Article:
Knowledge Management: B2B Publishing Market

The B2B publishing market is changing rapidly, driven by technology, competition and more expectations from clients. However, there is a current window opportunity for nimble B2B publishers to take advantage of the landscape trends and develop completely new digital revenue streams and pre-empt competitors and become more embedded with clients.


There are three trends now converging in the publishing space, led by cloud technology and APIs as well as underlying momentum from clients for centralization of information for their users:


Chart 1 Three Key Trends In Publishing

TREND 1: New Emerging Competition

In almost all verticals now we see more B2B publisher competitors emerging – often with advanced data or analysis and frequently leveraging new cloud technologies as a means of gathering intelligence on their sectors or integrating data from emerging APIs that allow them to create more “comprehensive” offerings.

While at the end of the day, deep analysis will always be a crucial decision factor, B2B publishers cannot now rely on that alone. Clients expect both analysis and data but also access to the best decision-making intelligence wherever it originates – plus great tools for distributing and collaborating around that intelligence.

TREND 2: The Need To Expand Client Offerings

B2B subscription publishing products are often bought for an entire team but the reality is that usually just 2 or 3 individuals are “power users” who get the most from all the functionality and breadth of research within a subscription portal. This frequently poses challenges for defending a high renewal. If one or two of the power users leave for any reason then at renewal time then the subscription salesman has to go through a big process of building a case for repeating the high subscription – particularly when coupled with nimble emerging competitors tapping on the client’s door with a seemingly slick new product.

By developing offerings which enables a deeper relationship with the client through tools for efficiently delivering knowledge from multiple sources into a far wider set of individuals than just the few power users, B2B publishers can defend existing subscription renewals, generate additional revenues and become embedded with a client.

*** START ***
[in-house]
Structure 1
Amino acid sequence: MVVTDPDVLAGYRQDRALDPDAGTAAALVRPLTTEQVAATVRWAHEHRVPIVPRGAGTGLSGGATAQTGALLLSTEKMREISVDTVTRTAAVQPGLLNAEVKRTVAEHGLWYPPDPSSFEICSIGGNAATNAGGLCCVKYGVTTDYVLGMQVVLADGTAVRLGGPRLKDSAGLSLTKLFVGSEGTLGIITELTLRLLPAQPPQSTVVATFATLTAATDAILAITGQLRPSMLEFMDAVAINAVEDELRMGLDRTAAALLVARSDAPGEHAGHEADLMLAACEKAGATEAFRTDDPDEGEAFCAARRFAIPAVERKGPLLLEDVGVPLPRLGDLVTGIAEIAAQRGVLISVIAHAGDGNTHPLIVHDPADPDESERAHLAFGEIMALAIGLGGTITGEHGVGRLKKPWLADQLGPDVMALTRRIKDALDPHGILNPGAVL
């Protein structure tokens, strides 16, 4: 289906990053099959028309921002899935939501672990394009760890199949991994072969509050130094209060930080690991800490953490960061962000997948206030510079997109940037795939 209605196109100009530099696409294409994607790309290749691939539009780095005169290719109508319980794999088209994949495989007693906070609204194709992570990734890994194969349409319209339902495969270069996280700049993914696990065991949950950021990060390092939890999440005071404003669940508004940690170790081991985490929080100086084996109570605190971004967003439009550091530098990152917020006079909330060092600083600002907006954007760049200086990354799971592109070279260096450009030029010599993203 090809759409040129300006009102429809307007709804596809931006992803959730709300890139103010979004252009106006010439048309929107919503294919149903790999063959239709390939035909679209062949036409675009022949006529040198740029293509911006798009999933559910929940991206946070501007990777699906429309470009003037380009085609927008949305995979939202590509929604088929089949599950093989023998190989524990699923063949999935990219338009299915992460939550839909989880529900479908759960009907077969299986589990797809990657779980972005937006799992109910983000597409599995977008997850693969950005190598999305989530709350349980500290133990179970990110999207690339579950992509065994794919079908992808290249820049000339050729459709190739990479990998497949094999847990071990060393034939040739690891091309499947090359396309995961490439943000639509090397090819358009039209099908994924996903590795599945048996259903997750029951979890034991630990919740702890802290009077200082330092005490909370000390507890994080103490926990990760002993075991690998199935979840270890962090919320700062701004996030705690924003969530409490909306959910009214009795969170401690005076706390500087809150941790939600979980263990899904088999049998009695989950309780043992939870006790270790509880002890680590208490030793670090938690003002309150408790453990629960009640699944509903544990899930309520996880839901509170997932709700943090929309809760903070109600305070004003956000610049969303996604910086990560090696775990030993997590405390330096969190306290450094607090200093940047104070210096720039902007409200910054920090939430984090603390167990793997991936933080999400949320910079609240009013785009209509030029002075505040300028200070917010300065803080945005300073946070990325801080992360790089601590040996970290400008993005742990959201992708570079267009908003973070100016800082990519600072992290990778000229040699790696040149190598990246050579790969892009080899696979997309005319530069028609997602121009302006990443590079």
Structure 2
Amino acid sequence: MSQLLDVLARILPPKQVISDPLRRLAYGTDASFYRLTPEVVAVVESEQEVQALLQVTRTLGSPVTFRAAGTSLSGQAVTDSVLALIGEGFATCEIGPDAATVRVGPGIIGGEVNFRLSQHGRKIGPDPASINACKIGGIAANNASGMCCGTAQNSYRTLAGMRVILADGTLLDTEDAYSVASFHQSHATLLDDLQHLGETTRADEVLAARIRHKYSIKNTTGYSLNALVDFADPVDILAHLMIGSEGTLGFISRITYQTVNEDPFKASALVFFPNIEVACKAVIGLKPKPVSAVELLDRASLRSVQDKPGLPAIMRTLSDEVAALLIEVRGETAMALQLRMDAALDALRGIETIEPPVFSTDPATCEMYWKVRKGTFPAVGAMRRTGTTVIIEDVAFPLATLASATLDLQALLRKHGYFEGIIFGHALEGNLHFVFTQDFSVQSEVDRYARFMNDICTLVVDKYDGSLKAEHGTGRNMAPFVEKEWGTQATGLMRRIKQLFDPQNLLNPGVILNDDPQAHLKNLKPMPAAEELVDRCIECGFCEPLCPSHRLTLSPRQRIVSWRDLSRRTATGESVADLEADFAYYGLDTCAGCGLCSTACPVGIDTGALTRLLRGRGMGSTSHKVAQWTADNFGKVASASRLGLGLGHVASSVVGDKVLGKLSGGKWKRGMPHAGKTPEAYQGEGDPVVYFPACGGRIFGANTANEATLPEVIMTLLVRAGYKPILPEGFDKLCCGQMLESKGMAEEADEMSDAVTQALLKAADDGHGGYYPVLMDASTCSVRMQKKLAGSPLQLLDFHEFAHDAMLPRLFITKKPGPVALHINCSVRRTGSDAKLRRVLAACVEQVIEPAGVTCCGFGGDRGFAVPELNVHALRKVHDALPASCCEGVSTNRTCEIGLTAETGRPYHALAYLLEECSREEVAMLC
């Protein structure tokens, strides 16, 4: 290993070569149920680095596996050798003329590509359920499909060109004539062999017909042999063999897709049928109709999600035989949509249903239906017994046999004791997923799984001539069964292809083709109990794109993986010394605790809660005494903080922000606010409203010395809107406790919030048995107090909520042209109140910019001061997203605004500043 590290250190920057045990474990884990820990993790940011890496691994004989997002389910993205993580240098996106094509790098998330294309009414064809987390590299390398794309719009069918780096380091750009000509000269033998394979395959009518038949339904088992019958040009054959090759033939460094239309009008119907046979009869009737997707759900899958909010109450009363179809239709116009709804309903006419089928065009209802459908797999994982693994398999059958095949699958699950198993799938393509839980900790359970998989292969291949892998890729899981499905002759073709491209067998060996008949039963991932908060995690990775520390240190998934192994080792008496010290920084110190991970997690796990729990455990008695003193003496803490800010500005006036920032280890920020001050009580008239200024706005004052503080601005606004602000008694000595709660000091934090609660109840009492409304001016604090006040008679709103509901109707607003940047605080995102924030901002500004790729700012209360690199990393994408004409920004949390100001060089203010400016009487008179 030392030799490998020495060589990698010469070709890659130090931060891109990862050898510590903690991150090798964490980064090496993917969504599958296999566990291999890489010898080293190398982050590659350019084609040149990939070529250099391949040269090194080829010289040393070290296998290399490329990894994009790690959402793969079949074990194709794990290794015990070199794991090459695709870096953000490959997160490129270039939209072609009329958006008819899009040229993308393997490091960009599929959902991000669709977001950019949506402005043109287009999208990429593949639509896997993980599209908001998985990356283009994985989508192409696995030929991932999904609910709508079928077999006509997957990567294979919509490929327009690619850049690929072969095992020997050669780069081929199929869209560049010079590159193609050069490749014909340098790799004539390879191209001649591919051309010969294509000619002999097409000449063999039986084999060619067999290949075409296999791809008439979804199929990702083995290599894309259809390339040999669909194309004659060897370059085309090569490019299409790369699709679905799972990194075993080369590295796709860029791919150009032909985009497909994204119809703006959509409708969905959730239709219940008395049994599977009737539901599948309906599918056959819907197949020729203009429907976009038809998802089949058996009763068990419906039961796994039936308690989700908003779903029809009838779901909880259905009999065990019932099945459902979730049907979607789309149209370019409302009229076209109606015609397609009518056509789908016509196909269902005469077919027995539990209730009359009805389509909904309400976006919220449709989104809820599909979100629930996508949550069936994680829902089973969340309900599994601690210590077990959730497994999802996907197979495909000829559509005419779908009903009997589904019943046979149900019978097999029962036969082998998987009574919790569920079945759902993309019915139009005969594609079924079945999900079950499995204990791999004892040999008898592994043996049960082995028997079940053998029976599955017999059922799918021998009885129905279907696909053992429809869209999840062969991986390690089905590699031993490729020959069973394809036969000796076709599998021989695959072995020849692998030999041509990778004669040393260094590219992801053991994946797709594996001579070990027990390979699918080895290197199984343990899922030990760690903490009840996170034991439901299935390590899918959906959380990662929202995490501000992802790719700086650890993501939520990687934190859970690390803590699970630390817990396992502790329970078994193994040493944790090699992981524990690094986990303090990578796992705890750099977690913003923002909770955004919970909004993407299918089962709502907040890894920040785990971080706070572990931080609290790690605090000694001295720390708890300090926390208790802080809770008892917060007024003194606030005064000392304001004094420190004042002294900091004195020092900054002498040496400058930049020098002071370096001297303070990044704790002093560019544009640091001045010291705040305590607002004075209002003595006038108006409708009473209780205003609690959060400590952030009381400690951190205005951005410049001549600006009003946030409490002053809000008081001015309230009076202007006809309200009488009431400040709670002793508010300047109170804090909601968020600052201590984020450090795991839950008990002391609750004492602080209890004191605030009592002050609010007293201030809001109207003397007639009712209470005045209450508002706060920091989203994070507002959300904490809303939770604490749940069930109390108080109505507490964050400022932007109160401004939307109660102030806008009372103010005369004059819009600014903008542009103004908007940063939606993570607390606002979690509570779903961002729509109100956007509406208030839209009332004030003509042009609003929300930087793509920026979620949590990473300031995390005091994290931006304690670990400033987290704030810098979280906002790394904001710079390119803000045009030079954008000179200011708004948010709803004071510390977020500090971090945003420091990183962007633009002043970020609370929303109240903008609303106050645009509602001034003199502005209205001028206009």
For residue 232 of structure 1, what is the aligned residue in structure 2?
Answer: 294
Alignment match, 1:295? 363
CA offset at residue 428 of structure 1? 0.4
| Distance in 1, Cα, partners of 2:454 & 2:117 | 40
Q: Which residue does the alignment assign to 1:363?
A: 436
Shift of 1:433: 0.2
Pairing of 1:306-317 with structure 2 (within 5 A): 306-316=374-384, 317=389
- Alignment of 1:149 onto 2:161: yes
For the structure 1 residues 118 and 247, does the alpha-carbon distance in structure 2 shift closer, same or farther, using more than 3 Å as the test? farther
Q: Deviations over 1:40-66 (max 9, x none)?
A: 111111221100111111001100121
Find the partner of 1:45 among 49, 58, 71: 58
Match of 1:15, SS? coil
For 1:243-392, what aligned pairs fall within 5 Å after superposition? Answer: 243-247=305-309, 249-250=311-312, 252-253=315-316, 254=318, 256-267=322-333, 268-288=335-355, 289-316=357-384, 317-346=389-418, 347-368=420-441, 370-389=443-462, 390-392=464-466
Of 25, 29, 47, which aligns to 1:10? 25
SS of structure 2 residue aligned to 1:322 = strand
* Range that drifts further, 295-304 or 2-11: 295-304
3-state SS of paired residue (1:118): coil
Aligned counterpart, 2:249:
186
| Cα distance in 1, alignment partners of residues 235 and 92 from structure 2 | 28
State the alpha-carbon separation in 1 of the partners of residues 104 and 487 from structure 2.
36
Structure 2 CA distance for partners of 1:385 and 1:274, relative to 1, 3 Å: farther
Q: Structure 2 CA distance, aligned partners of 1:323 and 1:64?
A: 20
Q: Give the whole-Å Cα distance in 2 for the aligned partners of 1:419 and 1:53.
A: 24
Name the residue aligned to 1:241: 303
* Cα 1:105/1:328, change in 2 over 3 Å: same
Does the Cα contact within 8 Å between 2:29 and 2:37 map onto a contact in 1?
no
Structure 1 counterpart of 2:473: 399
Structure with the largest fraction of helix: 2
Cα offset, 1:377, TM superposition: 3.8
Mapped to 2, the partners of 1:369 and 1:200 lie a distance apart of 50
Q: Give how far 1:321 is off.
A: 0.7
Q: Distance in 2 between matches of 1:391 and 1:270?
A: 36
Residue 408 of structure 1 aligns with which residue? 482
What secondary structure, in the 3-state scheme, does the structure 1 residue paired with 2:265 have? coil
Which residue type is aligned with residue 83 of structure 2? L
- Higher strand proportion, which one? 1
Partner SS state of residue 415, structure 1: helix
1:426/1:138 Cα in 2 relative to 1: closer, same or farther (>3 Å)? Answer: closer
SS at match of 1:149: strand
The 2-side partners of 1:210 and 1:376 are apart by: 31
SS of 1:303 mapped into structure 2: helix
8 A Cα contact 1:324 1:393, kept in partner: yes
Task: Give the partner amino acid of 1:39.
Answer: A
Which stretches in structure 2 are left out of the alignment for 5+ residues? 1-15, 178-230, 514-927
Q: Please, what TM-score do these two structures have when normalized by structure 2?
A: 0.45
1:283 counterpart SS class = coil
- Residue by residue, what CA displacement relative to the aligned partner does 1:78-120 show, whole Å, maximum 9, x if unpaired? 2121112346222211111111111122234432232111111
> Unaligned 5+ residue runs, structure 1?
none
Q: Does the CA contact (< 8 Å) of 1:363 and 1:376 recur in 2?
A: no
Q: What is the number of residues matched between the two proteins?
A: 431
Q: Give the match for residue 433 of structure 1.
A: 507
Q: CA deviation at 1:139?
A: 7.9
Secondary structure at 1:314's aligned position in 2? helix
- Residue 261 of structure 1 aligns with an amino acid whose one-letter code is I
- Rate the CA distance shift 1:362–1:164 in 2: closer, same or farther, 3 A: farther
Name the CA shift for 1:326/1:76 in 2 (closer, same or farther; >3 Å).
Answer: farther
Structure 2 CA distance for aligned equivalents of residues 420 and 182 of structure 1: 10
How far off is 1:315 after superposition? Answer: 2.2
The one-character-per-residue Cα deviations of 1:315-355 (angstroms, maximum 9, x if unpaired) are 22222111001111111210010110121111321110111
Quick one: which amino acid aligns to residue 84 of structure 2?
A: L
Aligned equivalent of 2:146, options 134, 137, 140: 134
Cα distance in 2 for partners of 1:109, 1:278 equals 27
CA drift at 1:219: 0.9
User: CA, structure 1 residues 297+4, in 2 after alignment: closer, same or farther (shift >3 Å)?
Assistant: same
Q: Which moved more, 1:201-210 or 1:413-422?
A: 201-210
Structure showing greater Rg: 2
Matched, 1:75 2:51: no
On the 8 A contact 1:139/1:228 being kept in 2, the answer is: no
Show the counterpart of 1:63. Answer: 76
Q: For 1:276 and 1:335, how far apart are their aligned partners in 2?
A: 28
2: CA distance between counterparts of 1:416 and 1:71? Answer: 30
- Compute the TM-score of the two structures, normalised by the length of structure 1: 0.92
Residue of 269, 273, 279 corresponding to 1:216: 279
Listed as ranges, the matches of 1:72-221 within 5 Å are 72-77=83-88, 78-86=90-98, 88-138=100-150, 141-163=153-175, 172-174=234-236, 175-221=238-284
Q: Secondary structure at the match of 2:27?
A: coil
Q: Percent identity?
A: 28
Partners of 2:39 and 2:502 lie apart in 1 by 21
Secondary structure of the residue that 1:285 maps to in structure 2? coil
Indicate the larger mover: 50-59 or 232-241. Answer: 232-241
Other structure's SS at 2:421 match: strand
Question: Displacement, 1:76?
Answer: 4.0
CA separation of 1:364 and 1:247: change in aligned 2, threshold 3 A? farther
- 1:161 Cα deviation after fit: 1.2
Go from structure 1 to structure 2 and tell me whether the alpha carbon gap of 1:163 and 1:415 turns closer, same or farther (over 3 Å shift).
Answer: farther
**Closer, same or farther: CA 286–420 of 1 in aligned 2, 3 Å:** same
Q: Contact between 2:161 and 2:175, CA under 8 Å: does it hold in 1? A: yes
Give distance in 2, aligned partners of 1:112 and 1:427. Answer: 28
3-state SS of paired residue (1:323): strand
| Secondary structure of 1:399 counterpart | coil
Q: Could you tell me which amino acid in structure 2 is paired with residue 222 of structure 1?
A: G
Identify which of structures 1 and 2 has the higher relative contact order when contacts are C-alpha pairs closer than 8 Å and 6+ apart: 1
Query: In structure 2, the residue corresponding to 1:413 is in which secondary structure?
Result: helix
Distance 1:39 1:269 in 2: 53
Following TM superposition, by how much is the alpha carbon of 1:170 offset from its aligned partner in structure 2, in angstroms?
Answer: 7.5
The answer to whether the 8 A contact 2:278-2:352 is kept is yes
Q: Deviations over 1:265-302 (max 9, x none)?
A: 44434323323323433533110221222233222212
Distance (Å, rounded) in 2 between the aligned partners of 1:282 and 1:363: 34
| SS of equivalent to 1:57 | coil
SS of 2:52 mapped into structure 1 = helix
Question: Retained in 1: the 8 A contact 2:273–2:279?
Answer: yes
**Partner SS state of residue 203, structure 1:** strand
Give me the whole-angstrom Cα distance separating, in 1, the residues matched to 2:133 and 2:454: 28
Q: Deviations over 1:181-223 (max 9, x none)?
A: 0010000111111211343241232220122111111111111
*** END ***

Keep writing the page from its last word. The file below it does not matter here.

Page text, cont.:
This could be:

  • Researchers curating tailored weekly newsletters from the publisher’s own content to hundreds of people
  • Analyst setting up user groups with live alerts consolidating intelligence from the publisher and other sources
  • Topic feeds from preferred sources into internal micro-sites or Intranets
  • Easy delivery of relevant content, automatically or curated, into collaboration tools like Jive or Sharepoint

Ultimately, B2B publishers are focused on helping their clients achieve better business decision-making – whether this is via market forecasts, competitor analysis or identifying emerging trends. Offering new bundled tools to help make that decision-making goal even more efficient, whilst moving up the value-chain, is a close fit that publishers should take advantage of.

TREND 3: Centralization of Knowledge Management

There is a major trend in large organizations towards centralized content hubs for all intelligence they are paying for – we are seeing lots of RFPs emerging now in the financial services and corporate world. This is the whole nirvana for knowledge management teams of applying one single query for their users and it instantly retrieving the very best results, whether they are located in any of the following:

  • Global News
  • Premium Content (eg Factiva, Lexis-Nexis, FT etc)
  • Premium Data (eg Bureau van Dijk etc)
  • Internal Content (eg documents sitting on Sharepoint or similar)